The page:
In today’s fast paced world of technology, the thought of digital signatures and electronic contracts are becoming more and more common.  As recently as 20-25 years ago real estate contracts were written down on the appropriate form, often called a Purchase Agreement, and physically signed by the Buyer and delivered to the Seller’s agent as an offer.  The process was slow, sloppy, and by today’s standard… old fashioned.  With the help of applications and software to send contracts to clients through email, they can now sign Purchase Agreements via email with an electronic validation stamp.  The question often arises:  WHEN is the contract actually in place and finalized?

I was reading an article the other day where “Agent A” had a Buyer client and sent over an offer to “Agent B” to present to their Seller client.  Agent B acknowledged receipt of the offer, and called the Seller to tell them about the offer.  Seller Agent B then got back with Buyer Agent A and told them of a counter offer they intended to make.  This was done verbally and without signing the original Purchase Agreement, completing a Counter Offer form, and sending this information back over to Agent A.  After some discussion and through a text message, the Agents and their client agreed to terms.  The Agents agreed that they would complete the paperwork “in the morning”.  This proved to be a fatal mistake on behalf of Agent A.

Unbeknownst to Agent A, the Seller and Agent B received another offer in the form of a Purchase Agreement before that paperwork could be completed.  As it turned out the second offer was for a higher sales price which would net the Seller a higher profit on the sale of the property.  The next morning, before all documents were finalized, Seller Agent B notified Buyer Agent A that their client would not be accepting the offer and was going under contract with another Buyer.  You can imagine how the phone call went when Buyer’s Agent A had to call their client and tell them the news.

So what went wrong here? Quite a few things, but in the most simple explanation possible… neither agent secured the contract for their client.  The Statute of Frauds is a law enacted in all states that requires certain agreements to be in writing and signed by all parties involved.  Real estate contracts certainly fall into this category.  Buyers and Sellers can verbally agree to the sale of a real estate property, but it would not be enforceable in court without an agreement satisfying the Statute of Frauds, and either party could back out at any time.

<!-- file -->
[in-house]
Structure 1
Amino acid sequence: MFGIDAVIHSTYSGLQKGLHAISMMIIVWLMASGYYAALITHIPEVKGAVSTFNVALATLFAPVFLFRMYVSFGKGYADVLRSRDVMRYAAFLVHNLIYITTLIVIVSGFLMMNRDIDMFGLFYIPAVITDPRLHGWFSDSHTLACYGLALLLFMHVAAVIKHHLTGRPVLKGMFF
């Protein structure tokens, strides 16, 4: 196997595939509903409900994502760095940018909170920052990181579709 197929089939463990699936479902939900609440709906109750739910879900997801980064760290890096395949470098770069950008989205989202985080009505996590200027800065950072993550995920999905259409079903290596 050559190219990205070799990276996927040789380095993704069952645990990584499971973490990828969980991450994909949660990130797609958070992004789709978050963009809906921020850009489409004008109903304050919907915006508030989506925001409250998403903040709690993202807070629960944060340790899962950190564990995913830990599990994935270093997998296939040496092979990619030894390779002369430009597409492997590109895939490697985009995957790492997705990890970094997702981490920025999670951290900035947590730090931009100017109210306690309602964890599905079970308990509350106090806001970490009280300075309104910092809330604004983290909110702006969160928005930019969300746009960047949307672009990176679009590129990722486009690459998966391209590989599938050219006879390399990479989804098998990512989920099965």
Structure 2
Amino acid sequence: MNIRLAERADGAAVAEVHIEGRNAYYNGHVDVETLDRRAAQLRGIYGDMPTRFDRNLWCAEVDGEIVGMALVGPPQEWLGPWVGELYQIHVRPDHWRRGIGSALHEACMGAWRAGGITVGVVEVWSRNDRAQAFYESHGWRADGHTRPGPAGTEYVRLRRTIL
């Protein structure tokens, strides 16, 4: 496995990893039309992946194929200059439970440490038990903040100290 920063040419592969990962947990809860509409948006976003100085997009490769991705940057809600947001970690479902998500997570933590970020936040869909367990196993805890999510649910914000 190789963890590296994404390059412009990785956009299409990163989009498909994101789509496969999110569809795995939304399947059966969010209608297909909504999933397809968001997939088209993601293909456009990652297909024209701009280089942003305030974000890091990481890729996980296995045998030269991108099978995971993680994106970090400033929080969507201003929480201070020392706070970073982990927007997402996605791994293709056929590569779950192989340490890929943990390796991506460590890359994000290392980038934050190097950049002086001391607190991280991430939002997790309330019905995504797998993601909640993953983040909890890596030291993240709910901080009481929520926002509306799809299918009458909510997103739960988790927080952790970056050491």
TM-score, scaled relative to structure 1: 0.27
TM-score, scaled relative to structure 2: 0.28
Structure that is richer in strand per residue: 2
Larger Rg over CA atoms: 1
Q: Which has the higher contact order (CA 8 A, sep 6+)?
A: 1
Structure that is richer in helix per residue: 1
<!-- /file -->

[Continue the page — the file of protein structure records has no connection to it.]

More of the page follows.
In the article I summarized above, the agents were wrongfully trying to complete a contract verbally that should have been completed in writing.  All Purchase Agreements completed professionally through an IAR (Indiana Association of Realtors) Purchase Agreement form have a timeline on them for a response.  If that deadline is up, and the Buyer does not have a signed PA or Counter, the offer is considered “dead” and unenforceable.  Likewise, until a Purchase Agreement has been made and accepted, the Buyer has the right to rescind the offer and the Seller has the right to consider other offers.

Professional real estate agents should know to get everything in writing as part of their fiduciary responsibility to their clients. As mentioned before, technology has changed the pace of the real estate world.  We can send and receive offers in a matter of minutes, especially with digital signature options.  One of the most important roles that a real estate agent has in the transaction is to secure the contract for their respective client.

As the old saying goes, “it ain’t over till’ it’s over”.  This is especially true in  real estate.